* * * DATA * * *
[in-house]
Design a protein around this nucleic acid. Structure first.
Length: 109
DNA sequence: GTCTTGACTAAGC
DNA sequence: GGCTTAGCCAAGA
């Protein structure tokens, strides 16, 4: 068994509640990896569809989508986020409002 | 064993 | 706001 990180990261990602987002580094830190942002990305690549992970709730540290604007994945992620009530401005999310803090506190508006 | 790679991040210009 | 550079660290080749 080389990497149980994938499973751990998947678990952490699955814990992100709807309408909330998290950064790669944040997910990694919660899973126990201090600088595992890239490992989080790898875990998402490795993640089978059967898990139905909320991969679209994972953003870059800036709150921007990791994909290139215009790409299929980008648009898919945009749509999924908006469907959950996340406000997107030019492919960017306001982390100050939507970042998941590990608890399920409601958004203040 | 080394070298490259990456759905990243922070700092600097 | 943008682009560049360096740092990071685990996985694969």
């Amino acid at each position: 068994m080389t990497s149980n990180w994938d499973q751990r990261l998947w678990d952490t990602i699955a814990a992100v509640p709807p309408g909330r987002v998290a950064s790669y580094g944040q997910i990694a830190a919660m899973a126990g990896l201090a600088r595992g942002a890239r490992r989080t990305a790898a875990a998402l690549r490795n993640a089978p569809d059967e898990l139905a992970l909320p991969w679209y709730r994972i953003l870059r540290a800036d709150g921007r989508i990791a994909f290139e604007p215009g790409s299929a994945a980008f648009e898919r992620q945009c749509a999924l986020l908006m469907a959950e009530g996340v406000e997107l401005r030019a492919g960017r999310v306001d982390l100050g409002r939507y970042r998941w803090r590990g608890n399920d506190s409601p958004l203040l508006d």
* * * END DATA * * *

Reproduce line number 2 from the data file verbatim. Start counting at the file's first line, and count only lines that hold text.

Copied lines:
Design a protein around this nucleic acid. Structure first.